For Saul and Caprice, their artwork represents a reclamation of the body on conscious terms. In their underground avant-garde performances, attendees watch and snap photos as Caprice uses a LifeForm autopsy bed, called a Sark (as in “sarcophagus”), directing scalpel arms to cut into Saul and remove his new organs. Caprice tattooed the new organs—whose purposes remain unknown—and thus replaced their meaning with artistic intent. In a manner not dissimilar to Allegra Geller (Jennifer Jason Leigh), the game designer from eXistenZ who preferred virtual worlds, the characters in Crimes of the Future use the body as an artistic component and medium. This leads to Saul’s invitation to an underground award show, where he’s nominated for Best New Organ in a secret competition arranged by Wippet (Don McKellar) of the National Organ Registry. If Saul and Caprice’s art is “uniquely self-referential” in its physical self-reflexivity, then so is Cronenberg’s. The scenario brings to mind a line from Dead Ringers (1988), where one of the identical twin gynecologists reflects, “I’ve often thought that there should be beauty contests for the insides of bodies.” In another scene, the other brother quips, “Surely you’ve heard of inner beauty.” Both statements apply in this increasingly bizarre world where the internal becomes external.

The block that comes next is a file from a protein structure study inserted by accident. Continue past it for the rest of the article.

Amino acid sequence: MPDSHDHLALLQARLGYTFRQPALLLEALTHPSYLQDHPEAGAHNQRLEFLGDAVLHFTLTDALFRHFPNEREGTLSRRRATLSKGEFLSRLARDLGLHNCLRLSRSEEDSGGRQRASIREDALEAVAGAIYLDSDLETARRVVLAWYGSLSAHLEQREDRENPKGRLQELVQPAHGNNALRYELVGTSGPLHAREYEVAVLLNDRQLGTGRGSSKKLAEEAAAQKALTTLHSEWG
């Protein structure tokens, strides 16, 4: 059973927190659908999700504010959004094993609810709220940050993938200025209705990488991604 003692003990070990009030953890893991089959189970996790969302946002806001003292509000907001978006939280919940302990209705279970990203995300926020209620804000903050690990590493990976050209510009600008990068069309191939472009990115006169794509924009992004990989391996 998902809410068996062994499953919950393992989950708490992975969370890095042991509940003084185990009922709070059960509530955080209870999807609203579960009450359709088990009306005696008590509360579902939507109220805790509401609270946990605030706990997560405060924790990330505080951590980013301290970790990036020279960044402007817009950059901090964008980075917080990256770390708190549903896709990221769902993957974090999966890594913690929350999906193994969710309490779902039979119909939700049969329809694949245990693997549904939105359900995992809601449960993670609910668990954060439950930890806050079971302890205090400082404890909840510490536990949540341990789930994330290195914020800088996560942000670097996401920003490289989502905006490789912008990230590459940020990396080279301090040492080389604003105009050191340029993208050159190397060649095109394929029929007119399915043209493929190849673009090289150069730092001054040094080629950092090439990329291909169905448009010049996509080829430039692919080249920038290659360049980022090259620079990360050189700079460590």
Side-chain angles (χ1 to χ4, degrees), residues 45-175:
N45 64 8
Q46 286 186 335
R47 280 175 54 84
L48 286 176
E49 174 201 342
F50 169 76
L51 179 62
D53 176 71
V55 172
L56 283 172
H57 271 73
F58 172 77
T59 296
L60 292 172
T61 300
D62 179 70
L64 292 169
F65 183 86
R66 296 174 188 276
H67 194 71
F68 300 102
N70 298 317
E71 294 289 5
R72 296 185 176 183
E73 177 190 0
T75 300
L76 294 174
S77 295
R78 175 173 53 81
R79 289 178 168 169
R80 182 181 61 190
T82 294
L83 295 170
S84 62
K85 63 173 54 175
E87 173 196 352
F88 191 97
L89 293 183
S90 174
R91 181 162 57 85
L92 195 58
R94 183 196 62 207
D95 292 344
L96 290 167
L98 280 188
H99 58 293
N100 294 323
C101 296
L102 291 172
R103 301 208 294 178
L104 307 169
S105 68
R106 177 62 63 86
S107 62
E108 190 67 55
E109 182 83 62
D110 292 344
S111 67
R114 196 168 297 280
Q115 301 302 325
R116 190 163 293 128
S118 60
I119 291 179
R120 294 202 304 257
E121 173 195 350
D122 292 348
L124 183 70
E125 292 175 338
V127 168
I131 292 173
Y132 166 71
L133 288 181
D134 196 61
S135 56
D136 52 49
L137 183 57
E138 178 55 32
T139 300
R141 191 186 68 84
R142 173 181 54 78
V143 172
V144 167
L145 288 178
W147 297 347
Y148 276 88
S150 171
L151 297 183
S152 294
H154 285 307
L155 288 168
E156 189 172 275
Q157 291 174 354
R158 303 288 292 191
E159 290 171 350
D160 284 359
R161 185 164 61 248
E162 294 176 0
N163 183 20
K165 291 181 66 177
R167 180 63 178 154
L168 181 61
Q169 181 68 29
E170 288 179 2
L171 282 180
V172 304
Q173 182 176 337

Of course, Cronenberg doesn’t miss an opportunity to explore his characters’ sexuality in these terms. After all, every artist has groupies. Enter Kristen Stewart as Timlin, a twitchy and mannerist fusspot who becomes fixated on Saul through her work at the National Organ Registry. After watching one of his performances, she whispers to him, “Surgery is the new sex,” and imagines an alternative penetration with the Sark bed. Indeed, the “King of Venereal Horror” remains interested in examining sexuality and orifices with almost clinical fascination—note the clinical kiss between Timlin and Saul. And forget the scar-licking scene in Cronenberg’s Crash (1996); Saul and Caprice’s sex life finds her licking his innards from a gaping incision in his belly while he wryly groans, “Don’t spill.” The difference between Crimes of the Future and Crash, or even a related film such as Julia Ducournau’s Titane (2021), is that Cronenberg manages to evoke some manner of sensuality in his deviant sex scenes thanks to the chemistry between Mortensen and Seydoux. That is, except for a rather cheap moment involving two techs who disrobe in what feels like a needless return to Cronenberg’s exploitative roots.